Data analysis

Sample characteristics for sociodemographic and clinical characteristics are given as means, standard deviations and absolute and relative frequencies. For sample description we also provide means and standard deviations for the WOMAC and FJS-12 scales. For patients’ ratings for the importance of commonly assessed outcome parameters we calculated medians, means and standard deviations.

The qualitative interview data were independently reviewed by two authors (FLL and JMG). The analysis was based on the Grounded Theory approach described by Glaser [27], performing inductive coding with the help of the software NVivo 11 Pro, a software for organizing, analysing and structuring qualitative data. We first defined occasions, situations and reasons of joint awareness as theme for the analysis. Following this criterion we worked line by line though the material inductively constructing categories for each aspect fitting to the pre-defined theme. Categories could be terms (e.g. meteoropathy) or short sentences (e.g. foreign body feeling because of the implant) which characterized the material as nearly as possible. If passages fitted to the already constructed categories they were subsumed, otherwise new categories were formulated. After a first round, the category system was revised regarding the meaningfulness of the categories. In addition, we assessed if the level of abstraction was adequate to identify important occasions, situations and reasons of joint awareness. After a final work through the interviews, categories were grouped to obtain main categories (e.g. daily tasks and activities). Afterwards, categories and allocated text passages were compared and harmonized within several feedback loops between the two raters. The final category system was again applied to all interview data and codings were harmonised between the two raters. Besides examples for each category, the number of patients and the number of comments are reported as frequencies.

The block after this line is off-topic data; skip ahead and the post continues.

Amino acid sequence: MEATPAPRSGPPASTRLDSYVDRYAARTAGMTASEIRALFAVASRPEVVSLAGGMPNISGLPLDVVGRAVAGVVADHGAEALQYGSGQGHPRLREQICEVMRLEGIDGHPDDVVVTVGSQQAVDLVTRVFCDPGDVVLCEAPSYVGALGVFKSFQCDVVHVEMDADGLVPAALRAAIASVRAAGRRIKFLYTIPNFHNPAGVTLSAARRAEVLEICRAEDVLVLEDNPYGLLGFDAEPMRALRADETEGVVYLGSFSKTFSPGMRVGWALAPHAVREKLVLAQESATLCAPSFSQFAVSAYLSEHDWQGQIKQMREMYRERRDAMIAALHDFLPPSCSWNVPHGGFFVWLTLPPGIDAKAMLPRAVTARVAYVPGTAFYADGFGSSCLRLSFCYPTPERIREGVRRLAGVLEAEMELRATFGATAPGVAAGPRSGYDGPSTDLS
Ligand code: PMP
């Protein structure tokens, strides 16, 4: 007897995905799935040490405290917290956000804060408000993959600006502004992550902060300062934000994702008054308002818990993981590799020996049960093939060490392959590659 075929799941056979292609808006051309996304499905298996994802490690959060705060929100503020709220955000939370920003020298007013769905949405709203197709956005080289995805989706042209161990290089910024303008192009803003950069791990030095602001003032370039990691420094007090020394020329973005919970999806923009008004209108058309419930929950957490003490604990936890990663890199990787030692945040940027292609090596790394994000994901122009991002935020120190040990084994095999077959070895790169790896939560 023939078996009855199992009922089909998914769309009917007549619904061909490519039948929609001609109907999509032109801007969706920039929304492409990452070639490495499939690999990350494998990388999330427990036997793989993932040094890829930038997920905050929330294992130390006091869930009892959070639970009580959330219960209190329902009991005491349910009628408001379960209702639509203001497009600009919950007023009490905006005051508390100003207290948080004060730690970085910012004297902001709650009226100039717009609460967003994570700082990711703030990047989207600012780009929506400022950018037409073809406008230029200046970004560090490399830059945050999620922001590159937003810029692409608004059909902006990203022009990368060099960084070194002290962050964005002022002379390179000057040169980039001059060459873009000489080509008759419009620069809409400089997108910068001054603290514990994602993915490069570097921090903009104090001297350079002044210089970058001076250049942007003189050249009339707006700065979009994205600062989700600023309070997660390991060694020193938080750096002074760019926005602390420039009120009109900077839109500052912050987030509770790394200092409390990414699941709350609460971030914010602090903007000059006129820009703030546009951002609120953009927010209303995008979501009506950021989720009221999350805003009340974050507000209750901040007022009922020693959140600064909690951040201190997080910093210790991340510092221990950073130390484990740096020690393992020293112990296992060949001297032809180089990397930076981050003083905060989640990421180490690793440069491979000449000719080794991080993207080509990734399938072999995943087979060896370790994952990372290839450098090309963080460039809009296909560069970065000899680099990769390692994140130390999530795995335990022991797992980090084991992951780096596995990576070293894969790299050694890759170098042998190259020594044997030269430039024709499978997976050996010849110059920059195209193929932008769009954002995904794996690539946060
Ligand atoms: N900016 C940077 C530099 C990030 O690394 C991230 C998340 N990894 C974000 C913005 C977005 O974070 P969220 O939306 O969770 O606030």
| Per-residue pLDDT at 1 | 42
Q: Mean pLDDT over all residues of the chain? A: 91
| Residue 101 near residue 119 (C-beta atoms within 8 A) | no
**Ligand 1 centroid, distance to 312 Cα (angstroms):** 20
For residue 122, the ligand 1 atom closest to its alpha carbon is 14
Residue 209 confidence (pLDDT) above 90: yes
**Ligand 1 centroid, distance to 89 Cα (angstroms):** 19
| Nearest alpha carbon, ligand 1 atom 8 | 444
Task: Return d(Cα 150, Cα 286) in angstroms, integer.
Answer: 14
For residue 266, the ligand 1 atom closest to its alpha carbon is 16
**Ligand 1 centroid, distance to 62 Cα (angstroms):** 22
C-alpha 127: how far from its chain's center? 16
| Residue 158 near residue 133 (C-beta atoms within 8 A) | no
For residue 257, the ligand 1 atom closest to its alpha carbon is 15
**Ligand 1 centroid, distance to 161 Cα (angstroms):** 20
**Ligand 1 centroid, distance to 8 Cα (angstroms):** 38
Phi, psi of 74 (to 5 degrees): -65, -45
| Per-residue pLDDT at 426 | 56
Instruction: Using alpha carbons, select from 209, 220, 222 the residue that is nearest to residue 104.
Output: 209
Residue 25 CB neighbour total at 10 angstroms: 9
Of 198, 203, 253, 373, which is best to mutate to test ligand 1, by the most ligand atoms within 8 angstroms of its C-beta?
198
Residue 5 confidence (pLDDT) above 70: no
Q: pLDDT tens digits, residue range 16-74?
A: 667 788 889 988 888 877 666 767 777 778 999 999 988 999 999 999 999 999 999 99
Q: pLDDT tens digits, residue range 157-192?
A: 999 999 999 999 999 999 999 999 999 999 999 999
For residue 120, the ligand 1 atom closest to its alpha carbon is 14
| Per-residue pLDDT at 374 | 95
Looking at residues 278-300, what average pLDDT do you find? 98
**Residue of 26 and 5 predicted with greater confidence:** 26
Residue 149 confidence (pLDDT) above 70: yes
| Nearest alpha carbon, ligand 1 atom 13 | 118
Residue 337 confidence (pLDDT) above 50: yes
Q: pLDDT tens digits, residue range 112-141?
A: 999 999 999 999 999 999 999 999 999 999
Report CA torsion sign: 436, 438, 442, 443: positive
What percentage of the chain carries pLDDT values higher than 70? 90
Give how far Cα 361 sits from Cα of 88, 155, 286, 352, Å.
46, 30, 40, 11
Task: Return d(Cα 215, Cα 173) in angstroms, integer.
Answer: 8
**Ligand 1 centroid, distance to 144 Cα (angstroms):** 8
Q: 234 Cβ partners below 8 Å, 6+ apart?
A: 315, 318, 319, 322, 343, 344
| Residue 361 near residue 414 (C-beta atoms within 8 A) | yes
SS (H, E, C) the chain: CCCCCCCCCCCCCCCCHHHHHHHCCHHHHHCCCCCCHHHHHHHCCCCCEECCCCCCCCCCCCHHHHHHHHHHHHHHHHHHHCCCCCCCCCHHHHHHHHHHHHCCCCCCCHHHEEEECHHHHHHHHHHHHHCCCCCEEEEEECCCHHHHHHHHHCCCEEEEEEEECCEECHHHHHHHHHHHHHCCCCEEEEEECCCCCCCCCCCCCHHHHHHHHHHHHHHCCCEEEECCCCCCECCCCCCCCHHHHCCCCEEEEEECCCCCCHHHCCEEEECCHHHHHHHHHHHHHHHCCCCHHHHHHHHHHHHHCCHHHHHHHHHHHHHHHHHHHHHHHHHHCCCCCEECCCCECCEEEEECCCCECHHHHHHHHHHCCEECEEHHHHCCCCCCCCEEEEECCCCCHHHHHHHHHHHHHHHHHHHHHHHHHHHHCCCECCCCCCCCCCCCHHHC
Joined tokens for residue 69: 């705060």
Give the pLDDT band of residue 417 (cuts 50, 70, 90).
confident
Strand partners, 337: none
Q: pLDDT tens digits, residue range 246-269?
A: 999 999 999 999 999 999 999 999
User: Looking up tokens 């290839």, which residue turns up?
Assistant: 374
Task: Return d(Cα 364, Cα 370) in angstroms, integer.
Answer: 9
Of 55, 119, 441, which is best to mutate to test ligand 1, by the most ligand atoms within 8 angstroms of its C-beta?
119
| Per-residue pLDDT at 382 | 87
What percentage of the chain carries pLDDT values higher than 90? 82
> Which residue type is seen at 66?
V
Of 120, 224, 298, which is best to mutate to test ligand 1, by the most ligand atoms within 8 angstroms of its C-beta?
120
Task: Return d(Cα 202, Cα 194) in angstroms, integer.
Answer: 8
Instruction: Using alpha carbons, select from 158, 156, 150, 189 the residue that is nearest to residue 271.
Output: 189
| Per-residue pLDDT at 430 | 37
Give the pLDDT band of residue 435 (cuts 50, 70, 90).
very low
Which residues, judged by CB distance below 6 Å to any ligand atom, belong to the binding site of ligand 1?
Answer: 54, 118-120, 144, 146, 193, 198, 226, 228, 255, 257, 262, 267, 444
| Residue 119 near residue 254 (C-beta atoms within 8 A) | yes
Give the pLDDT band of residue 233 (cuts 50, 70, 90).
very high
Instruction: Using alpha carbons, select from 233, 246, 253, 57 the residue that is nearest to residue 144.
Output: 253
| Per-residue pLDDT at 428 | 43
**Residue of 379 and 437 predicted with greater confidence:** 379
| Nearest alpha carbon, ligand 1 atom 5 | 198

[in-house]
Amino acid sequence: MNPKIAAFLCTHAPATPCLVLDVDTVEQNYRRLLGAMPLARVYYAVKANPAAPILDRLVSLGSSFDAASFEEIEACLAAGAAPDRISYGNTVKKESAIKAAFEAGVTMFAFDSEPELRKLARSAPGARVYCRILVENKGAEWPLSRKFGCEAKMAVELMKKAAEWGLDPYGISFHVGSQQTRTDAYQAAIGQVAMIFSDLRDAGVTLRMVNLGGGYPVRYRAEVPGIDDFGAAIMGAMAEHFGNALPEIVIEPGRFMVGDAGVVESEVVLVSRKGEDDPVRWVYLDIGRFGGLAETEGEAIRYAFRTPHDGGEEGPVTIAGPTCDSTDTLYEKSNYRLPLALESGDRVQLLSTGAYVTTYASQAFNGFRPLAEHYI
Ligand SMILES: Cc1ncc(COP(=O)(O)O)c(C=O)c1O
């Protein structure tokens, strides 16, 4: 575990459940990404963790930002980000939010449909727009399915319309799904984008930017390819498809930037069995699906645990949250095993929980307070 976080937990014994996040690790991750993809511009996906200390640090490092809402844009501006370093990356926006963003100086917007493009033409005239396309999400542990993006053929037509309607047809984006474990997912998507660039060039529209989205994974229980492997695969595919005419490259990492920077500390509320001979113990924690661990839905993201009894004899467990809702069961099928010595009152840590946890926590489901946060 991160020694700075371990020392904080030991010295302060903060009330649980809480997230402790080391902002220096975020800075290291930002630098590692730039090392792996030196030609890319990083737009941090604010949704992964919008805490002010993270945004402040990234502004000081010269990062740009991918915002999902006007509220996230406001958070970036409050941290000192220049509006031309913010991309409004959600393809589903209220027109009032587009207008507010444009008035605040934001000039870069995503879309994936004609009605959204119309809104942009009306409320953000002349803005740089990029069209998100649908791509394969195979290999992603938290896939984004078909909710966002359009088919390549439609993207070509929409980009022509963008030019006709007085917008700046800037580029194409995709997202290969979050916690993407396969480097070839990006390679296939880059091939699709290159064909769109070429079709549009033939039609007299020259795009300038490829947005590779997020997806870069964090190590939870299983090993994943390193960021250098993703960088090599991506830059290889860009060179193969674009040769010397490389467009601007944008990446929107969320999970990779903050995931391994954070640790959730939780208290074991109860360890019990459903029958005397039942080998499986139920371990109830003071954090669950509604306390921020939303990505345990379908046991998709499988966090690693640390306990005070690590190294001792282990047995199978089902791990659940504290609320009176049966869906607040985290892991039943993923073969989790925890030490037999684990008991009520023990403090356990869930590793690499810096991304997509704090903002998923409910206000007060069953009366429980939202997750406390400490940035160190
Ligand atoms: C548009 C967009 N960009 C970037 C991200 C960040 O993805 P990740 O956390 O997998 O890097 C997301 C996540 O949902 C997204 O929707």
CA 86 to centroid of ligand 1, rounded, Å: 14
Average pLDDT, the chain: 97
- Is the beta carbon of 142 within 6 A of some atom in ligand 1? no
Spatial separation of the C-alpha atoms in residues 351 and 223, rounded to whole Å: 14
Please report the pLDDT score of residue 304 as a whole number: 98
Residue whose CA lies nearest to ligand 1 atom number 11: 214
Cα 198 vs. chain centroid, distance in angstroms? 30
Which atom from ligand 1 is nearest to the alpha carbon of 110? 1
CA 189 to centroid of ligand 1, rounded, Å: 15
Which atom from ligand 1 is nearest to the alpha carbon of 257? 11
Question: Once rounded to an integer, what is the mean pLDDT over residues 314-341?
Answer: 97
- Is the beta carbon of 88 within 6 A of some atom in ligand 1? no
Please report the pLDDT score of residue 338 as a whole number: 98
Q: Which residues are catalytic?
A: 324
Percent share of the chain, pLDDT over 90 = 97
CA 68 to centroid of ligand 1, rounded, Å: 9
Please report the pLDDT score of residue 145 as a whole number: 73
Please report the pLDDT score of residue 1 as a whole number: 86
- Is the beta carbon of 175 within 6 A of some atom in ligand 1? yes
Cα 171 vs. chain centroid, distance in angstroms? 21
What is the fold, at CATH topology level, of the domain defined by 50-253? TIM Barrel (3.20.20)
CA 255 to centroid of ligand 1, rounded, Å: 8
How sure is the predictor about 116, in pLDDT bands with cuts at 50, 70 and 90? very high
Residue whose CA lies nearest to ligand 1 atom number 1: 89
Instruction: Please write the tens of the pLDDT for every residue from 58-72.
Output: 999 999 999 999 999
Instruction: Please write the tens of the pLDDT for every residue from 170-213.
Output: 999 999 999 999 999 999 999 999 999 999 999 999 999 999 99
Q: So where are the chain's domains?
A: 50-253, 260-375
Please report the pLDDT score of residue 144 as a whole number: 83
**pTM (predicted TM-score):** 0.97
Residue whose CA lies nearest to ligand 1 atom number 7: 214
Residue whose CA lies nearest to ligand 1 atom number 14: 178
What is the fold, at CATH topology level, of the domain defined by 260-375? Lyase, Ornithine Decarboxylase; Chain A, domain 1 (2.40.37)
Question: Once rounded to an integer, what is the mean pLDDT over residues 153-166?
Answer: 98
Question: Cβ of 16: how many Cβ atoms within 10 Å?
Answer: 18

Results

Patient characteristics

We approached 44 eligible patients for study participation, 12 at a hospital visit and 32 via mail. All patients had a total knee replacement between January 2001 and June 2015. Of the 44 eligible patients four did not participate in the interview. The remaining 40 patients had an average age of 69.1 (8.8) years and 65.0% were female. The mean FJS-12 score was 46.7 (SD 28.9) and the mean WOMAC total score was 40.4 (SD 21.5). Assessment duration ranged from 20 to 45 min. Further details are given in Table 1.
Table 1

Patient characteristics (n = 40)

Age

Mean (SD)

69.1 (8.8)

Sex

 

N (%)

 

Female

26 (65.0)

 

Male

14 (35.0)

Side

  
 

Left

21 (52.5)

 

Right

14 (35.0)

 

Bilateral

5 (12.5)

Previous knee arthroplasty

  
 

Primary

30 (75.0)

 

Revision

3 (7.5)

 

Partial

2 (5.0)

 

Contralateral

5 (12.5)

FJS-12

Mean (SD)

46.7 (28.9)

WOMAC

Mean (SD)

40.4 (21.5)

Importance ratings for outcome parameters (aim 1)

All outcome parameters received a mean importance rating of at least 7.4 on the 0–10 scale (Table 2). Lowest importance was given to having no abnormal feelings (7.4 points), and having no foreign body feeling (7.9 points). Highest ratings were found for being able to trust in the joint (8.7 points), not having pain and not having restrictions in doing the household (both 8.3 points).
Table 2

Importance ratings of commonly assessed outcome parameters

 

Median

Mean (SD)

Being able to forget the joint

10

8.1 (2.9)

No pain

10

8.3 (2.8)

No stiffness

9

8.1 (2.6)

No restrictions in everyday life

9

8.2 (2.8)

Doing sports

9

7.9 (2.4)

No restrictions doing the household

10

8.3 (2.6)

No foreign body feeling

10

7.9 (3.0)

No abnormal feelings

8

7.4 (3.0)

Trust in the joint

10

8.7 (2.5)